City Planning tables hearing on waterfront draft

The first public look at proposed mixed-use zoning for the waterfront has been delayed for two weeks.

Tonight the Hood River City Planning Commission will open — and then postpone — the formal hearing on the draft plan that has been advertised for 6 p.m. at the county courthouse. However, because of a trial that is currently underway, the appointed body will convene in the old city hall at the junction of State and Second streets.

As of press time on Tuesday, the city planning body was expected to set the new hearing date for Sept. 24. However, that date could also be changed because the Hood River County Planning Commission will be holding its third hearing on Wal-Mart’s application for a super center at 7:30 p.m. that same evening in Bowe Theatre at the Hood River Valley High School.

City Manager Lynn Guenther said no public testimony will be taken tonight because of the delay in the formal hearing process. He said staffers believed the continuation of the proceedings was necessary so that the City Council could be updated on the latest revisions to the proposed zoning code. He said the City Council will be briefed about these details during a Sept. 22 worksession which begins at 6 p.m., although the location has not yet been determined. No public comment will be taken on the issue at that time.

“This will give the council an opportunity to review and question any items in the proposed ordinance before it is time to take formal action,” Guenther said.

He said Mayor Paul Cummings and Councilors Linda Rouches and Charles Haynie have been working with the Hood River Port Commission for more than two years to resolve zoning issues that have scuttled past planning efforts. In addition, Guenther said several joint meetings have been scheduled between city and port officials to reach common ground on key areas of concern. These discussions have included the amount of space that would be dedicated for a public park, the allowable maximum heights of buildings and the minimum setbacks for construction along the shoreline.

According to Guenther, the council wants to see the outcome of these efforts and has not yet been provided with a copy of the draft zoning plan in its entirety.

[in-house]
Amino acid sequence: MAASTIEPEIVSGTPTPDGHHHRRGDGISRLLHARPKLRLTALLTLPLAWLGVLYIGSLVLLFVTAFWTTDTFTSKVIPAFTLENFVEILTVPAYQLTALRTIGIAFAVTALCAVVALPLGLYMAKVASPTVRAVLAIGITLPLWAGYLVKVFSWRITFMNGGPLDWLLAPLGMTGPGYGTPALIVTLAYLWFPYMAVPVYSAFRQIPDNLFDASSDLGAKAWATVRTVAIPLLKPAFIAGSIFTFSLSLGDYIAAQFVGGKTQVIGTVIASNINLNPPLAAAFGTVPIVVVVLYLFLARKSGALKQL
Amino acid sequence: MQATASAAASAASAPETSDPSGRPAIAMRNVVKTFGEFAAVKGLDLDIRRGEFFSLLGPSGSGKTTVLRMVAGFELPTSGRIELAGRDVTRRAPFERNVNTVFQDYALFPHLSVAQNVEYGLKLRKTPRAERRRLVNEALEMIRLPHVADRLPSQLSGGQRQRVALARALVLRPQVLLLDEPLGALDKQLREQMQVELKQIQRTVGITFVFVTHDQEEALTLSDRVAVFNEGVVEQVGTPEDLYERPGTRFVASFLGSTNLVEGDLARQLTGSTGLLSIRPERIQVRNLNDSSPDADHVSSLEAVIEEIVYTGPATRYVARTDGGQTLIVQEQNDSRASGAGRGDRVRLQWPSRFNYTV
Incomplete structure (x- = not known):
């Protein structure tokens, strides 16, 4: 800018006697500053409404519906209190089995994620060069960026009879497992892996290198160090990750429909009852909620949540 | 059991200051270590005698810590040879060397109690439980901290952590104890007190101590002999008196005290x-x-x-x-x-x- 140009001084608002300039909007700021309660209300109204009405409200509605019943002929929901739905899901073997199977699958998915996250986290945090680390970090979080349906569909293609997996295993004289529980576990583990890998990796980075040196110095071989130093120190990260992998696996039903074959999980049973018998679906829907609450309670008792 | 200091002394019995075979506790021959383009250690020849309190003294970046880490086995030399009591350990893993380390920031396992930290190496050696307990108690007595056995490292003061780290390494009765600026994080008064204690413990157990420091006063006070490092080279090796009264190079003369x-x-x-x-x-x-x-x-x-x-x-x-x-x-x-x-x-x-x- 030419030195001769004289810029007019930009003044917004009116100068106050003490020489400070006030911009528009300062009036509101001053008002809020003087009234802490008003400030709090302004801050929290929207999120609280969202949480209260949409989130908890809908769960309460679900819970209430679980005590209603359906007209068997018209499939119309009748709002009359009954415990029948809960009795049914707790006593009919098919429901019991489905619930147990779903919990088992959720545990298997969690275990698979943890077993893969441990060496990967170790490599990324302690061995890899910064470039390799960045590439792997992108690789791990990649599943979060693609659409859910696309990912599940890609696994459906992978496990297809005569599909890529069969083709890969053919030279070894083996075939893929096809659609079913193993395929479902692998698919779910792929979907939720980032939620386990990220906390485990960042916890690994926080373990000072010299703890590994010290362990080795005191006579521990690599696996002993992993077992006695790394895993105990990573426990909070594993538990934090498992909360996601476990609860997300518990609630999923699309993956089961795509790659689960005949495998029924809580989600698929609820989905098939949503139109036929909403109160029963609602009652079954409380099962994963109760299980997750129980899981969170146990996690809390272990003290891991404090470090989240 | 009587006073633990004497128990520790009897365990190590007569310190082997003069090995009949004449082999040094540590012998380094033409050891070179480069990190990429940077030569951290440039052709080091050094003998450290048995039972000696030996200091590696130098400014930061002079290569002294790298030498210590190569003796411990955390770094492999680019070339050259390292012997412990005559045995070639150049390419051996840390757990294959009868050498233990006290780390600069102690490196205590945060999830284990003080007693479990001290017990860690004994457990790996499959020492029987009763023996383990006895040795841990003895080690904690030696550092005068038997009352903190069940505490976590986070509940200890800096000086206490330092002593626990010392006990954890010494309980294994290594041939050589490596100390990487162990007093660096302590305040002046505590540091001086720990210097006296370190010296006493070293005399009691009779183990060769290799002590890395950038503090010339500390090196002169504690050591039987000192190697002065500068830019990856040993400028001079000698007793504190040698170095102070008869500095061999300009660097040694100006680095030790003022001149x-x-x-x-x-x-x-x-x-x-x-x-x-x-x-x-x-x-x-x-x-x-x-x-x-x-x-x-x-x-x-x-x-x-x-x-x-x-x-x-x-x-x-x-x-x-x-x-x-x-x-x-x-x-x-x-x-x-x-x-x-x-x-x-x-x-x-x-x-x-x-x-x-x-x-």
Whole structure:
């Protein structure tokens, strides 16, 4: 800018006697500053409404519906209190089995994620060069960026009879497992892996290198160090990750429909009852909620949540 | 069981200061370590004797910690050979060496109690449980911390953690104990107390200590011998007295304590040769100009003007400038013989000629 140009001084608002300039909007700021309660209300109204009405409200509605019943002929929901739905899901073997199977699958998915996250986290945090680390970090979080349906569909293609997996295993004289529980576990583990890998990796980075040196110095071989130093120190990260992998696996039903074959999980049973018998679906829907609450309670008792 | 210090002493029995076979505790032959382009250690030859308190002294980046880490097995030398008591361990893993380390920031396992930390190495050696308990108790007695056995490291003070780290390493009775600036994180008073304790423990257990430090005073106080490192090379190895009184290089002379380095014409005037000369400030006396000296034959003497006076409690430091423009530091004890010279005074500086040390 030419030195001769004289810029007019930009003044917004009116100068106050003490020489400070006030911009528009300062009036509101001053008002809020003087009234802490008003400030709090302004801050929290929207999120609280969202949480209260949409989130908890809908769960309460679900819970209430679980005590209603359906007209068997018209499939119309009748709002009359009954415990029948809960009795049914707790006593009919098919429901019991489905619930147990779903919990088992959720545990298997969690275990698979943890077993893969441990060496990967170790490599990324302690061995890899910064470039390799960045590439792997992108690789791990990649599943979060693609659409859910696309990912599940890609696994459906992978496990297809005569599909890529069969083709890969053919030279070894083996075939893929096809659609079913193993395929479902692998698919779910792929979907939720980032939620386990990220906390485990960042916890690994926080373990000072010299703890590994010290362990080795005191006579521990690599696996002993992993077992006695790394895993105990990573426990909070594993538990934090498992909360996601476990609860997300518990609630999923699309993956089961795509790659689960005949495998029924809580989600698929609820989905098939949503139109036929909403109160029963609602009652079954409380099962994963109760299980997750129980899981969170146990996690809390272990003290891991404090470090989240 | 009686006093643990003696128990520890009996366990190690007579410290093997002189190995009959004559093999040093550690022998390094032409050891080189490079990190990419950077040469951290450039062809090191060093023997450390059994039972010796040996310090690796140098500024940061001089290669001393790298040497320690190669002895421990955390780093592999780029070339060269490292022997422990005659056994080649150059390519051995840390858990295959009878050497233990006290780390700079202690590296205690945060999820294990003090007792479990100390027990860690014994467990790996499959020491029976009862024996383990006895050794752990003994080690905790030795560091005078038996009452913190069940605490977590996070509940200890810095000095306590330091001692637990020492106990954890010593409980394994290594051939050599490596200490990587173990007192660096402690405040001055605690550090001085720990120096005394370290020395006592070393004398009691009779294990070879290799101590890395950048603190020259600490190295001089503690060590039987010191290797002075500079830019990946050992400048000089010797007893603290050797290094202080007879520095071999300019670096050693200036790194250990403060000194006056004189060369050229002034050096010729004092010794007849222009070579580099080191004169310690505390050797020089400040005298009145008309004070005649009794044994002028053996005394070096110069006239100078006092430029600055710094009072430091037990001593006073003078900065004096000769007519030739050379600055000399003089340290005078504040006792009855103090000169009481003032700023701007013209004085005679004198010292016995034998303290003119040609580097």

“Staff felt this was an oversight that needed to be corrected before we went any further down the road,” he said.

In early June, the port requested that the city adopt a zoning ordinance that would accommodate recreational, commercial and industrial development. The municipality is charged with setting land-use designations for the properties under consideration between the riverside jetty known as the Hook and the Hood River.

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Parkdale third graders sing "12 Disaster Days of Christmas"

Welcome to your sing-able Christmas gift list. What follows is an emergency rendition of “12 Days of Christmas” – for outfitting your home or car in case of snow storm, earthquake, flood or other emergency. Read it as a simple list, or sing it to the tune of “12 Days” – you know, as in “ … and a partridge in a pear tree…” Not to make light of it, but the song is a familiar framework for a set of gift ideas that you could consider gathering together, even if the recipient already owns items such as a bunch of coats, tire chains and flashlights. Stores throughout the Gorge are stocked up on all these items. Buying all 12 days might be prohibitive, but here are three ideas for checking any of the dozen off your list (notations follow, 1-12.) The gift items needed to stay warm, dry and safe are also coded to suggest items in your abode (A) in your car (C) or both (B). 12 Gallons of Water (A) 11 Family meals (B) 10 Cans of propane (A) 9 Hygiene bags (B) 8 Packs of batteries (A) 7 Spare coats (B) 6 Bright red flares (C) 5 Cozy blankets (B) 4 Tire chains (C) 3 Flashlights (B) 2 cell phone chargers (B) 1 And a crush-proof first aid kit (B) Price ranges? Here’s a few quotes for days Three, Two, Four and Nine: n A family gift of flashlights (three will run $15-30, Hood River Supply, Tum-A-Lum) n Cell phone chargers (two will run $30-60) n Tire chains (basic set, $30, Les Schwab, returnable if unused for the winter) n Family meals ($100 or so should cover the basics for three or four reasonably well-fed days) n The home kit should be kept in a handy place near an exit, and remember that water needs to be replenished every few months. If you have a solid first aid kit already, switch out the gift idea with “and-a-sto-o-u-t- tub-for it-all …” Otherwise, it’s a case of assembling your home or car kits and making sure all members of the family know what the resources are and how to use them (ie flares and propane). Emergency situations are at worst life-threatening, at best deeply uncomfortable if you and your family are left without power for an extended period, or traveling and find yourself in a situation where you need to wait out a storm, lengthy traffic delay, or other crisis. Notes on the 12 gift ideas: 12 – Gallons of water: that’s one per person in a four-member family to last for three days, the recommended minimum to be prepared for utility outages. 11 – Easy-open packaged goods, energy bars, dried food and nuts are good things to include for nutrition. Think of what your family of four needs for three days to stay fortified and hydrated (see number 12). Can-opener also recommended 10 – If you have a propane camping stove, keep extra fuel handy. 9 – Hygiene bags: put packaged moistened towelettes, toilet paper, and plastic ties in large garbage bags (for personal sanitation) Resource list courtesy of Hood River County Emergency Management, Barbara Ayers, manager/ 541-386-1213. The county also reminds residents to Get a Kit, Make A Plan to connect your family if separated, and Stay Informed. See to opt-in for citizen alerts. Enlarge

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